Retro style takes an eclectic mix of old styles into the present in a fun and modern way with bold patterns and colours.  In the garden, this is an opportunity to have some real fun and be a bit quirky.  Chrome details, curvilinear and circular forms are paired with retro-style outdoor furniture such as the butterfly chair and low-lying oval or kidney shaped tables (make use of marine ply, paint and a jigsaw to create your own outdoor retro tables). Teak and pine work well with this style. Abstracted shapes and previously outdated plants such as mother-in-laws tongue, dahlias, begonias and gladioli build a funky sense of comfort and nostalgia.  

To replicate the retro-relaxed trend, mix old and new styles and design ideas.

To replicate the retro-relaxed trend, mix old and new styles and design ideas.

There are an amazing array of outdoor fabrics that can be used to add that pop of colour – or get some paint sample pots and have fun mixing a few key palettes from the contrasting or complementary colour wheel that will create that sense of drama in the space.

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TREND FOUR: TINY TERRACE

Following on the heels of the tiny houses movement, ongoing growth of our cities will mean smaller or no gardens and a desire to bring green into even the smallest of spaces. Thinking of gardens as just a flat space limits potential – so a trend that has started in larger cities is to think about multi-level gardening and the use of clever space-saving approaches to transform tiny terraces into usable and beautiful garden opportunities.

The tiny terrace garden design trend reflects the small smalls in which people live - but multi-level gardens allow for ...
SALLY TAGG

The tiny terrace garden design trend reflects the small smalls in which people live - but multi-level gardens allow for maximum use of space.

An irrigation system set up to water the pots on a tiny terrace and regular seaweed liquid feeding is key to success with this. With this in place, there is no limit (well, apart from a check on any weight restriction of any terrace or balcony with the building owner or architect!) to the number of pots and amount of verdant greenery that can be fitted into a small space.  The more the merrier with this style – classic plants that don't mind a pot and will enjoy a frost-free tiny terrace include the dramatic Poor Knights Lily (Xeronema callistemon). Mixing and matching in a tiny terrace is ok –  it will work like a mini perennial border – with plants intermingling and textural and colour variation will add to the lush and verdant green oasis that is possible.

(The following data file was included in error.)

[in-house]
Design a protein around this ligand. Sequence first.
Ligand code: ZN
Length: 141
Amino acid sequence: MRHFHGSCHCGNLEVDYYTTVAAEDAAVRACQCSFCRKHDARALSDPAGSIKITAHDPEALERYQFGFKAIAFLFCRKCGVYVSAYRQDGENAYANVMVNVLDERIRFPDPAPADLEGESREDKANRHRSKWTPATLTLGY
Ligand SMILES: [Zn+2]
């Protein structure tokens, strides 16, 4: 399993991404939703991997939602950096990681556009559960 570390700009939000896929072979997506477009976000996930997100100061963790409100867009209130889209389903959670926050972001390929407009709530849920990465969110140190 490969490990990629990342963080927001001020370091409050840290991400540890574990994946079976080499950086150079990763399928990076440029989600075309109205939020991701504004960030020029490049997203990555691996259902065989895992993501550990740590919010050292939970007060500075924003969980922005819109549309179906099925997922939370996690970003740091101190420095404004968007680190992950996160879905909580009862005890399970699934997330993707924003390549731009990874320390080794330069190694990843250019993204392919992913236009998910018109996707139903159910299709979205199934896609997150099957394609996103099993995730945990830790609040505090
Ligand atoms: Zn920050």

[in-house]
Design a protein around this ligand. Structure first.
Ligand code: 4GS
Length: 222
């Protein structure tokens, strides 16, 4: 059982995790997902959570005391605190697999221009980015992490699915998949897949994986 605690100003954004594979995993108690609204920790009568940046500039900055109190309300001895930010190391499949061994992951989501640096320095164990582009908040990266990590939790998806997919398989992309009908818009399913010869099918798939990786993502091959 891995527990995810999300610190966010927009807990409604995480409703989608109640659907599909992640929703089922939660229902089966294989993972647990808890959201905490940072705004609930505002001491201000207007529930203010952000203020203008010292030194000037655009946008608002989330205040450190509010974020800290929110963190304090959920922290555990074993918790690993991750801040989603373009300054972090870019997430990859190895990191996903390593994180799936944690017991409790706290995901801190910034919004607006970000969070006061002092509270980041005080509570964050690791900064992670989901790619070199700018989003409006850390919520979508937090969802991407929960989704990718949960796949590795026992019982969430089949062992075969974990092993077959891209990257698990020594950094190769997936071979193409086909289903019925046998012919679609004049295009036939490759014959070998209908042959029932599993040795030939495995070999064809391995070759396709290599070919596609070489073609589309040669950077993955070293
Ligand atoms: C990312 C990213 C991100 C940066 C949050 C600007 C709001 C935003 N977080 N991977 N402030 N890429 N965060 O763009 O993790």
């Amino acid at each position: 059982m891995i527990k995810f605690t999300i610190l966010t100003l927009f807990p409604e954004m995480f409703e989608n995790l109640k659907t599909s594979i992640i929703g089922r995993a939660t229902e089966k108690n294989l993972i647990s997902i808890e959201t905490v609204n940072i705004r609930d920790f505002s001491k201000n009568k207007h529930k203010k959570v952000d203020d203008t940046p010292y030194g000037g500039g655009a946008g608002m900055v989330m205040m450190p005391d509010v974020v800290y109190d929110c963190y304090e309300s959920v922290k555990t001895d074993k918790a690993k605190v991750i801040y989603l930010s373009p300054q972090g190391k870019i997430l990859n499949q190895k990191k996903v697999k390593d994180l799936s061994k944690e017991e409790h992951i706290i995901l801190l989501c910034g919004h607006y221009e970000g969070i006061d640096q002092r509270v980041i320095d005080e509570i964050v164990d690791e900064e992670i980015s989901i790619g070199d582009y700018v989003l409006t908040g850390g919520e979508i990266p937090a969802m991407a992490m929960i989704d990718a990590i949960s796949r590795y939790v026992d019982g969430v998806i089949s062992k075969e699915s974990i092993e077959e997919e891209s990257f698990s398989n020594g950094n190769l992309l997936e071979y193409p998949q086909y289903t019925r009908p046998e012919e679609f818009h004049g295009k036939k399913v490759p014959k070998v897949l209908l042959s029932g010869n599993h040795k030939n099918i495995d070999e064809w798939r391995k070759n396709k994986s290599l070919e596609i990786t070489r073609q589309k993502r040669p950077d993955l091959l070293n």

TREND FIVE: LAYERS AND LEVELS

When plants grow in nature, they grow in layers and drifts, overlapping and merging with each other. Taking cues from traditional Japanese and Chinese garden design – emphasising layering in a garden either horizontally or with levels is becoming a popular way to create relatively low-maintenance but highly dramatic outdoor spaces.  Getting that three dimensional feel is all about strategically placing plants of varying sizes, colours and textures or layering in dramatic lines with different heights, colour or textures.   

The layers and levels garden design trend takes its cue from traditional Japanese and Chinese gardens.

The layers and levels garden design trend takes its cue from traditional Japanese and Chinese gardens.

Borrowed views are part of the way to achieve a great layered look. Or you can add portals, windows or doorways within the garden to create that feeling of endless spaciousness.  Layers of hedges or hedge-like plantings in blocks contrasting with a line of softer grasses in front of a simple dark coloured backdrop is a key method for achieving this style. 

 

 - NZ Gardener